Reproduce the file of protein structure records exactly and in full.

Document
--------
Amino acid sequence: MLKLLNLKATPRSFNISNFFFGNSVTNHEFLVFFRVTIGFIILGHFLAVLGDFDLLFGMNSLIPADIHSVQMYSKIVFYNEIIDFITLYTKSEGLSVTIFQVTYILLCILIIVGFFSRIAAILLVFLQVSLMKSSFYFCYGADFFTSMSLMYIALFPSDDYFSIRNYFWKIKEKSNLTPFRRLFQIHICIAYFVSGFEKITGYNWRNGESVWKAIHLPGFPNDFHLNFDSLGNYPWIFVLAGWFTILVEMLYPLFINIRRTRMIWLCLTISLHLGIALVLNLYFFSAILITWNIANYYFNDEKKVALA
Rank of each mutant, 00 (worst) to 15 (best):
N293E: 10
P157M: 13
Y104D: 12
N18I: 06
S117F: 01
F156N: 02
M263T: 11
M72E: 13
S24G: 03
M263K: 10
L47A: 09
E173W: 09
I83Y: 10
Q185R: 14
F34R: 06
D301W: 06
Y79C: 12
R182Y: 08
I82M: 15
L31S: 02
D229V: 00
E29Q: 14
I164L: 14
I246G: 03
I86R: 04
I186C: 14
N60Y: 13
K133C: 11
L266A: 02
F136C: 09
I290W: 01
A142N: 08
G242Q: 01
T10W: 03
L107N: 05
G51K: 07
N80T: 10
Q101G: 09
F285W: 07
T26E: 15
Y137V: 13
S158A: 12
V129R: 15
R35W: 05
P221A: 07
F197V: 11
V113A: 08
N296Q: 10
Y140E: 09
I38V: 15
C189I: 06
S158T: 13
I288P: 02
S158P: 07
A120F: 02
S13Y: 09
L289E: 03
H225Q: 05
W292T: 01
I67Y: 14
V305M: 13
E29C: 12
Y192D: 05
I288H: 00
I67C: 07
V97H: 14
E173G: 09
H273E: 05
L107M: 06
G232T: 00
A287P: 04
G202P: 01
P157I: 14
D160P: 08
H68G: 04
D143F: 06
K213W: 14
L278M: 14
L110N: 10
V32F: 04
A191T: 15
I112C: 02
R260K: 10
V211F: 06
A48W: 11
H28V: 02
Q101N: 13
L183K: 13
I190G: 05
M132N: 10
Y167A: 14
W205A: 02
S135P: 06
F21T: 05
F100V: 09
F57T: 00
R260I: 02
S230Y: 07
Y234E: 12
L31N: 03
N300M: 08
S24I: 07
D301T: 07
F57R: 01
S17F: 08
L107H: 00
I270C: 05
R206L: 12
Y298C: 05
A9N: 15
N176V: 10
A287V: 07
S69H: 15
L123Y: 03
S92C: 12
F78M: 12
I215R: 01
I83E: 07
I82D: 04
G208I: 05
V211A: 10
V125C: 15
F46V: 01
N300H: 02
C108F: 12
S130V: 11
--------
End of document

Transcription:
Amino acid sequence: MLKLLNLKATPRSFNISNFFFGNSVTNHEFLVFFRVTIGFIILGHFLAVLGDFDLLFGMNSLIPADIHSVQMYSKIVFYNEIIDFITLYTKSEGLSVTIFQVTYILLCILIIVGFFSRIAAILLVFLQVSLMKSSFYFCYGADFFTSMSLMYIALFPSDDYFSIRNYFWKIKEKSNLTPFRRLFQIHICIAYFVSGFEKITGYNWRNGESVWKAIHLPGFPNDFHLNFDSLGNYPWIFVLAGWFTILVEMLYPLFINIRRTRMIWLCLTISLHLGIALVLNLYFFSAILITWNIANYYFNDEKKVALA
Rank of each mutant, 00 (worst) to 15 (best):
N293E: 10
P157M: 13
Y104D: 12
N18I: 06
S117F: 01
F156N: 02
M263T: 11
M72E: 13
S24G: 03
M263K: 10
L47A: 09
E173W: 09
I83Y: 10
Q185R: 14
F34R: 06
D301W: 06
Y79C: 12
R182Y: 08
I82M: 15
L31S: 02
D229V: 00
E29Q: 14
I164L: 14
I246G: 03
I86R: 04
I186C: 14
N60Y: 13
K133C: 11
L266A: 02
F136C: 09
I290W: 01
A142N: 08
G242Q: 01
T10W: 03
L107N: 05
G51K: 07
N80T: 10
Q101G: 09
F285W: 07
T26E: 15
Y137V: 13
S158A: 12
V129R: 15
R35W: 05
P221A: 07
F197V: 11
V113A: 08
N296Q: 10
Y140E: 09
I38V: 15
C189I: 06
S158T: 13
I288P: 02
S158P: 07
A120F: 02
S13Y: 09
L289E: 03
H225Q: 05
W292T: 01
I67Y: 14
V305M: 13
E29C: 12
Y192D: 05
I288H: 00
I67C: 07
V97H: 14
E173G: 09
H273E: 05
L107M: 06
G232T: 00
A287P: 04
G202P: 01
P157I: 14
D160P: 08
H68G: 04
D143F: 06
K213W: 14
L278M: 14
L110N: 10
V32F: 04
A191T: 15
I112C: 02
R260K: 10
V211F: 06
A48W: 11
H28V: 02
Q101N: 13
L183K: 13
I190G: 05
M132N: 10
Y167A: 14
W205A: 02
S135P: 06
F21T: 05
F100V: 09
F57T: 00
R260I: 02
S230Y: 07
Y234E: 12
L31N: 03
N300M: 08
S24I: 07
D301T: 07
F57R: 01
S17F: 08
L107H: 00
I270C: 05
R206L: 12
Y298C: 05
A9N: 15
N176V: 10
A287V: 07
S69H: 15
L123Y: 03
S92C: 12
F78M: 12
I215R: 01
I83E: 07
I82D: 04
G208I: 05
V211A: 10
V125C: 15
F46V: 01
N300H: 02
C108F: 12
S130V: 11